Transhumance, Human Ecology in its purest state
If we had to look for an ideal example of Human Ecology, shepherding would be one of the models which represent it best, as it involves, directly, people, animals and the environment.
This activity exists since the origins of animal domestication, back in Neolithic times. Livestock herders have always been forced by lack of pasture, depending on the season of the year, to move their herds to more fertile regions, even crossing the Iberian Peninsula from North to South. Over the years, these routes became established creating cattle tracks and so Transhumance.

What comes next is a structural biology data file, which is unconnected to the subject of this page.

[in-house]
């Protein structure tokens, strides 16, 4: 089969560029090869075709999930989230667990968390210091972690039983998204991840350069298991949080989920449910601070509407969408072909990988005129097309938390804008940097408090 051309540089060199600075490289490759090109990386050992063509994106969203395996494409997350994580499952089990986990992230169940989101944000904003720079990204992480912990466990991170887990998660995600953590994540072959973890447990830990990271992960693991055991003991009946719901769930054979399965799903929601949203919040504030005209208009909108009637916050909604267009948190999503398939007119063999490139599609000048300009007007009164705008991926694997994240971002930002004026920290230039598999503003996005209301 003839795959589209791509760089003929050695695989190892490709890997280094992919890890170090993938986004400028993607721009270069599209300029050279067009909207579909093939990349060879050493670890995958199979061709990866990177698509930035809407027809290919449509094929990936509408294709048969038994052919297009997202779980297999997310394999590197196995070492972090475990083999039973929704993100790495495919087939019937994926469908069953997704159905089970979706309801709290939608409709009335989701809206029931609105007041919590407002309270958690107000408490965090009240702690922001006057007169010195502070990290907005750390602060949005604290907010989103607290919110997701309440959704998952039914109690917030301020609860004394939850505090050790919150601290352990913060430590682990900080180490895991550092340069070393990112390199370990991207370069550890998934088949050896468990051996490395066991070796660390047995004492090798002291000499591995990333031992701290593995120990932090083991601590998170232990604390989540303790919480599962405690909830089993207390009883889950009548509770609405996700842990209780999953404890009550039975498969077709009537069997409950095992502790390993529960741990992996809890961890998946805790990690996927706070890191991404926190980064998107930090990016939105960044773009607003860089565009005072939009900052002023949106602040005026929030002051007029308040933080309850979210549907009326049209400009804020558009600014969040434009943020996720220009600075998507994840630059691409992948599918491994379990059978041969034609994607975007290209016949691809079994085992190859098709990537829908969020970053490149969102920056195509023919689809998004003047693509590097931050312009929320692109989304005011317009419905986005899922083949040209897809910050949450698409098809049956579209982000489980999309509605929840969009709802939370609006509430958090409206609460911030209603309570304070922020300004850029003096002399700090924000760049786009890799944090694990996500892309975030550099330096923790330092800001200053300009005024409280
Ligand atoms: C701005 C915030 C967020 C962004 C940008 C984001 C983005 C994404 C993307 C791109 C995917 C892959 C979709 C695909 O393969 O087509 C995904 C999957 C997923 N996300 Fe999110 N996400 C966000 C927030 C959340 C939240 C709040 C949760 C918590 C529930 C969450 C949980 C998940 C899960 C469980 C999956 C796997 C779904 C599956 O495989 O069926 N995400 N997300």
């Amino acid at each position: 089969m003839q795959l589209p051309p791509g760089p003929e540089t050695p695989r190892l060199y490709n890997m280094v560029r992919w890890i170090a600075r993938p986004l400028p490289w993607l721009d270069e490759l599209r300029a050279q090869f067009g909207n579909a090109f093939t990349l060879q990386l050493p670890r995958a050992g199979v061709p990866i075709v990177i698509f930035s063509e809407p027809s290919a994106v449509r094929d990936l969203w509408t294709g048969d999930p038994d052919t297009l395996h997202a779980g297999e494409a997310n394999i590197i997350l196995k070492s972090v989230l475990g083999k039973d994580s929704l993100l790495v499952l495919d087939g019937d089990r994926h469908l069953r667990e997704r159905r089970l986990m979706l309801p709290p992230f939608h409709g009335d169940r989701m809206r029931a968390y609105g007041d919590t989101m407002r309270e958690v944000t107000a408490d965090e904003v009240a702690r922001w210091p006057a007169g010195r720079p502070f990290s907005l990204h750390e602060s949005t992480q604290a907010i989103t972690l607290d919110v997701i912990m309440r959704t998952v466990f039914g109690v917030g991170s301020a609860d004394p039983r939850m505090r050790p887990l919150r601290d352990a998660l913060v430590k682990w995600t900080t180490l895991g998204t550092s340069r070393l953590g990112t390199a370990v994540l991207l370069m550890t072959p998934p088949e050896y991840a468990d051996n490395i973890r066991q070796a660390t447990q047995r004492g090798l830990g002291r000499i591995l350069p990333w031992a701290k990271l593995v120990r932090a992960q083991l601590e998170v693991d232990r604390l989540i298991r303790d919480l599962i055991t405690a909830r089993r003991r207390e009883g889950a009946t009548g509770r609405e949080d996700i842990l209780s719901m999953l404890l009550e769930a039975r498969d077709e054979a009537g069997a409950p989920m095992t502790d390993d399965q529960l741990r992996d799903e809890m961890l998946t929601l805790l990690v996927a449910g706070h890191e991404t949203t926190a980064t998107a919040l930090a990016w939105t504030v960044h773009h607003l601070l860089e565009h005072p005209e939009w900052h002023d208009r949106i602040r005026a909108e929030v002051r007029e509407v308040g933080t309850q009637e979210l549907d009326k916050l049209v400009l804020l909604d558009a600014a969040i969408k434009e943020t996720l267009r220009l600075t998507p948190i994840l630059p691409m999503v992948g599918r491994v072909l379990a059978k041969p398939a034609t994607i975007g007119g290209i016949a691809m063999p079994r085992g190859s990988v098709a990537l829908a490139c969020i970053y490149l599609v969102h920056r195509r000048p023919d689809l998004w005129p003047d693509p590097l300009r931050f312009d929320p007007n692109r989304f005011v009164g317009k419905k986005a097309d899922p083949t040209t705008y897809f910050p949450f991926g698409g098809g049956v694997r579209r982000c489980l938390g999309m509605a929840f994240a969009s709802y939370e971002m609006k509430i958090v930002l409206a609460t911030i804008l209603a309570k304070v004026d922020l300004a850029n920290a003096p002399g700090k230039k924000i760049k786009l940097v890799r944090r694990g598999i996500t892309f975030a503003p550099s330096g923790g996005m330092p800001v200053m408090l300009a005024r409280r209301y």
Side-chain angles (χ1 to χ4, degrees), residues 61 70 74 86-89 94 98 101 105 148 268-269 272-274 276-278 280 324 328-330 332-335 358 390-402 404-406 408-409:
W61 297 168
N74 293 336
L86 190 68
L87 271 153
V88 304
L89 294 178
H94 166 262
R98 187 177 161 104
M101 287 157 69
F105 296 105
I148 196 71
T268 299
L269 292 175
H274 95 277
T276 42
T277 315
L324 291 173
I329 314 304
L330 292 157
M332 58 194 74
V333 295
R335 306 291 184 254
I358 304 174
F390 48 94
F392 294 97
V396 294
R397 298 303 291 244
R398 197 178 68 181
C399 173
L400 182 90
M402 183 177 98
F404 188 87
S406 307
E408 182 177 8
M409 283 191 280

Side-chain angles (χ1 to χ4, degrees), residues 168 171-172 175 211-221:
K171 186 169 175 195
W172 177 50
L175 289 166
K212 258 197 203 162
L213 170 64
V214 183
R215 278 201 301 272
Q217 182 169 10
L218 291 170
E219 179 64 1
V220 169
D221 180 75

The importance of herding for the economy and the benefits it always generated for the Crown led Alfonso X to regulate and organise transhumance, creating the “Honrado Concejo de la Mesta” (Honourable Council of the Mesta), an institution to unite transhumant herders and ensure pastures for their livestock. Of course, in return they had to pay a tax (“pontazgo”) to the royal coffers when they passed certain points on the cattle-tracks like bridges or towns.
The image shows a view of the medieval bridge at the entrance to Manzanares El Real (Madrid), which crosses the river Manzanares and was an obligatory route for transhumance and therefore for paying tax.
Illustrator and graphic communicator © Miguel Angel Garcia Ramos